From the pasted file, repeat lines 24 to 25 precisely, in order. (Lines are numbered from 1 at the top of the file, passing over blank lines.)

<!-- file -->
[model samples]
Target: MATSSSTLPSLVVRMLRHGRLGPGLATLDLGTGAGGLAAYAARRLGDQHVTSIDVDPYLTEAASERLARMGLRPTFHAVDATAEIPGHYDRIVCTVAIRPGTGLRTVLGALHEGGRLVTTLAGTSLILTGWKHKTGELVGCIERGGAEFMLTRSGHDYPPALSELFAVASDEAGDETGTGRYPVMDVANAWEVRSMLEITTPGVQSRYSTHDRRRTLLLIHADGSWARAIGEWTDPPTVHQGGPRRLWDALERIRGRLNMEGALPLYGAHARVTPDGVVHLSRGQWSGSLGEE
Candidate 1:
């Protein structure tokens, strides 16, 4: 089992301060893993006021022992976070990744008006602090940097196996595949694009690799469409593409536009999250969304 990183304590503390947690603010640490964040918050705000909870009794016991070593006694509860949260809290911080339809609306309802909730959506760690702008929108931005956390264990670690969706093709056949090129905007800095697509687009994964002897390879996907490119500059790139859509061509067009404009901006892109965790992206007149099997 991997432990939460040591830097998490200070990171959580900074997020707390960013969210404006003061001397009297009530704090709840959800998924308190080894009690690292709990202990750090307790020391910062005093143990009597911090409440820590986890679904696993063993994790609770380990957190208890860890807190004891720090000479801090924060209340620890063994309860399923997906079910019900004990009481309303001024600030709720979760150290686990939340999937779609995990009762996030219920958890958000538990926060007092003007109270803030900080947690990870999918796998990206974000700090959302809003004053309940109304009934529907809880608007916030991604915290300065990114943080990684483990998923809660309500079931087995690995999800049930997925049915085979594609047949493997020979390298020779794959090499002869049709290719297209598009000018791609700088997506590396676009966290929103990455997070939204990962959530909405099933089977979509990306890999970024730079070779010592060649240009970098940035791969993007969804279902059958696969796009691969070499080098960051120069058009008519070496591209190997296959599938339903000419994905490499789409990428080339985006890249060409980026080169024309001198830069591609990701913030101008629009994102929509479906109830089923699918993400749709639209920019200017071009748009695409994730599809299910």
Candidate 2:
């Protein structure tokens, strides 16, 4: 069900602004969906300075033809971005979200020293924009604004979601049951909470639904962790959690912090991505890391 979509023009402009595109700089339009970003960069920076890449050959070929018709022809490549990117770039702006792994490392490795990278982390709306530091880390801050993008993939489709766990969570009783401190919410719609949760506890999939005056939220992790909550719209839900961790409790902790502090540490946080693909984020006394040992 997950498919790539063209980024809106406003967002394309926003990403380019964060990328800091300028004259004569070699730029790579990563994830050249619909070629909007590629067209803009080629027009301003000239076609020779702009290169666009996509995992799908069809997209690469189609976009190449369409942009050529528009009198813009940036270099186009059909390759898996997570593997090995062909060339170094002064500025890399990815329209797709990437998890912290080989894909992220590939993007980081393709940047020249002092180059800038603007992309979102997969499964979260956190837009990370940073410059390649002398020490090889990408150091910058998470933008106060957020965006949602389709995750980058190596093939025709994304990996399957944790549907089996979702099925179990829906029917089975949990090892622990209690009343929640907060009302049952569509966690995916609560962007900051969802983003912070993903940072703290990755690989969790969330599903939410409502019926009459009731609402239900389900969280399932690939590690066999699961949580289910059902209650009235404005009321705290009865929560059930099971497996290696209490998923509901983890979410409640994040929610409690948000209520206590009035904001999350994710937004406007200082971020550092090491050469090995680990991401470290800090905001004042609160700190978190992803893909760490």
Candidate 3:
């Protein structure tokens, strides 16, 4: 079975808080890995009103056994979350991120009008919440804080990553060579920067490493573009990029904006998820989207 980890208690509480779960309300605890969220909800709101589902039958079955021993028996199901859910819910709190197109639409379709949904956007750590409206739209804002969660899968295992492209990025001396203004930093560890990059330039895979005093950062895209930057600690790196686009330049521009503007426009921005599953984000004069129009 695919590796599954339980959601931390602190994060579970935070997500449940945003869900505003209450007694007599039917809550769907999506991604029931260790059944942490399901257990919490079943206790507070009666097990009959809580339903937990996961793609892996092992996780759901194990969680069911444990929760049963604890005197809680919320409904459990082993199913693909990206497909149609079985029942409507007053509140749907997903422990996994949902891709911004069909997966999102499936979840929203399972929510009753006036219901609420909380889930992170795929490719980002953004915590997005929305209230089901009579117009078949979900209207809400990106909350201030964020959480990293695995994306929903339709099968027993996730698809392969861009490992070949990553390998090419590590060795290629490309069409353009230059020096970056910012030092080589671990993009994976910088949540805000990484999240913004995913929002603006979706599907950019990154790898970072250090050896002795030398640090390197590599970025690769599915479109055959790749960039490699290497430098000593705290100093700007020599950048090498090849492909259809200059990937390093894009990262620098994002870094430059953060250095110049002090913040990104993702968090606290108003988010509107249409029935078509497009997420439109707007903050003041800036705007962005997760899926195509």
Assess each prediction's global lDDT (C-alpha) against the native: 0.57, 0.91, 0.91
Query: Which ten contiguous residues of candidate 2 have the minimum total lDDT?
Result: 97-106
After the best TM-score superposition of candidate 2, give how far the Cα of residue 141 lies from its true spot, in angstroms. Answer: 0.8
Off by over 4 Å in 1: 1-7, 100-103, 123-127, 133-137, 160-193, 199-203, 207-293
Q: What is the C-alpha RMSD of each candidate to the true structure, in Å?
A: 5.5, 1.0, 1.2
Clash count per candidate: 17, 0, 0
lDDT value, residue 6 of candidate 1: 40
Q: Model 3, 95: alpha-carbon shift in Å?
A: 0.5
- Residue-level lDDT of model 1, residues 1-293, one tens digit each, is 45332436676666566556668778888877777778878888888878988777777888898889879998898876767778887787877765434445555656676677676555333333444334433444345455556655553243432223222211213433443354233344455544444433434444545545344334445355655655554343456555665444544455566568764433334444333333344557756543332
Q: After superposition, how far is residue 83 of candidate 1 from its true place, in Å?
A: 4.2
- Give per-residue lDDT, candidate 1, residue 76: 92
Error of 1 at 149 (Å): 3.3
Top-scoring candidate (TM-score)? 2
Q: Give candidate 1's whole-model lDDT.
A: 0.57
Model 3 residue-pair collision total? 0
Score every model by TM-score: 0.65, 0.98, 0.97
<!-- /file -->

Error of 1 at 149 (Å): 3.3
Top-scoring candidate (TM-score)? 2